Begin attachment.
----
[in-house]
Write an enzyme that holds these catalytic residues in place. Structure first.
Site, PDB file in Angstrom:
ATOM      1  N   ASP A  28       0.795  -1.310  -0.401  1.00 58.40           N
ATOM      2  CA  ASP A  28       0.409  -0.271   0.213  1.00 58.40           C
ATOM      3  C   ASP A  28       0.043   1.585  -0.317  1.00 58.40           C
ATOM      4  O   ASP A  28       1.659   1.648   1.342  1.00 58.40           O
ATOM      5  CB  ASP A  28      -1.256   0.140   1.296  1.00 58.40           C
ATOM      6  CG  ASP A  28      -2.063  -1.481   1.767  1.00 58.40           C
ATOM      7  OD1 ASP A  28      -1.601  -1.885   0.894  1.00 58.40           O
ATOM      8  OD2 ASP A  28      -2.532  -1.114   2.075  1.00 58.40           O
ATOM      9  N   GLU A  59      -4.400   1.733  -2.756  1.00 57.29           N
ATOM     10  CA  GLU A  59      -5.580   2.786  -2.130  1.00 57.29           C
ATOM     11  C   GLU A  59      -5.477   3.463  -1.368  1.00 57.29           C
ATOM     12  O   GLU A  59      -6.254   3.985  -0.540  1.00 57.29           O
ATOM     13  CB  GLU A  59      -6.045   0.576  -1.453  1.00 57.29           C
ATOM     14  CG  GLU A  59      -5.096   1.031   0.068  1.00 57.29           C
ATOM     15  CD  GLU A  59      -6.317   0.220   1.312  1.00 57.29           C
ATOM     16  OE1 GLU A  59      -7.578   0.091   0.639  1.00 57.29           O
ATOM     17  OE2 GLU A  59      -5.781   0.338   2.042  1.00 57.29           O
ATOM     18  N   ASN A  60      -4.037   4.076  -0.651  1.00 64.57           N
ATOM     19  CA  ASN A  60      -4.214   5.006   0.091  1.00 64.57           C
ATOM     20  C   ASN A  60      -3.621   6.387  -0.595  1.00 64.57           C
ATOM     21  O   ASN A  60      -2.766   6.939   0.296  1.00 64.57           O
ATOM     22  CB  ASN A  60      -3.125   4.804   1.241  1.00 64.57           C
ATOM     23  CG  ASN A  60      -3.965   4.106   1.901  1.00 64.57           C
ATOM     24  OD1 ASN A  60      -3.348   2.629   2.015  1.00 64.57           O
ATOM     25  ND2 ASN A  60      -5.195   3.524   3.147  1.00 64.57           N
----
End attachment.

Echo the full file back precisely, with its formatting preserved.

[in-house]
Write an enzyme that holds these catalytic residues in place. Structure first.
Site, PDB file in Angstrom:
ATOM      1  N   ASP A  28       0.795  -1.310  -0.401  1.00 58.40           N
ATOM      2  CA  ASP A  28       0.409  -0.271   0.213  1.00 58.40           C
ATOM      3  C   ASP A  28       0.043   1.585  -0.317  1.00 58.40           C
ATOM      4  O   ASP A  28       1.659   1.648   1.342  1.00 58.40           O
ATOM      5  CB  ASP A  28      -1.256   0.140   1.296  1.00 58.40           C
ATOM      6  CG  ASP A  28      -2.063  -1.481   1.767  1.00 58.40           C
ATOM      7  OD1 ASP A  28      -1.601  -1.885   0.894  1.00 58.40           O
ATOM      8  OD2 ASP A  28      -2.532  -1.114   2.075  1.00 58.40           O
ATOM      9  N   GLU A  59      -4.400   1.733  -2.756  1.00 57.29           N
ATOM     10  CA  GLU A  59      -5.580   2.786  -2.130  1.00 57.29           C
ATOM     11  C   GLU A  59      -5.477   3.463  -1.368  1.00 57.29           C
ATOM     12  O   GLU A  59      -6.254   3.985  -0.540  1.00 57.29           O
ATOM     13  CB  GLU A  59      -6.045   0.576  -1.453  1.00 57.29           C
ATOM     14  CG  GLU A  59      -5.096   1.031   0.068  1.00 57.29           C
ATOM     15  CD  GLU A  59      -6.317   0.220   1.312  1.00 57.29           C
ATOM     16  OE1 GLU A  59      -7.578   0.091   0.639  1.00 57.29           O
ATOM     17  OE2 GLU A  59      -5.781   0.338   2.042  1.00 57.29           O
ATOM     18  N   ASN A  60      -4.037   4.076  -0.651  1.00 64.57           N
ATOM     19  CA  ASN A  60      -4.214   5.006   0.091  1.00 64.57           C
ATOM     20  C   ASN A  60      -3.621   6.387  -0.595  1.00 64.57           C
ATOM     21  O   ASN A  60      -2.766   6.939   0.296  1.00 64.57           O
ATOM     22  CB  ASN A  60      -3.125   4.804   1.241  1.00 64.57           C
ATOM     23  CG  ASN A  60      -3.965   4.106   1.901  1.00 64.57           C
ATOM     24  OD1 ASN A  60      -3.348   2.629   2.015  1.00 64.57           O
ATOM     25  ND2 ASN A  60      -5.195   3.524   3.147  1.00 64.57           N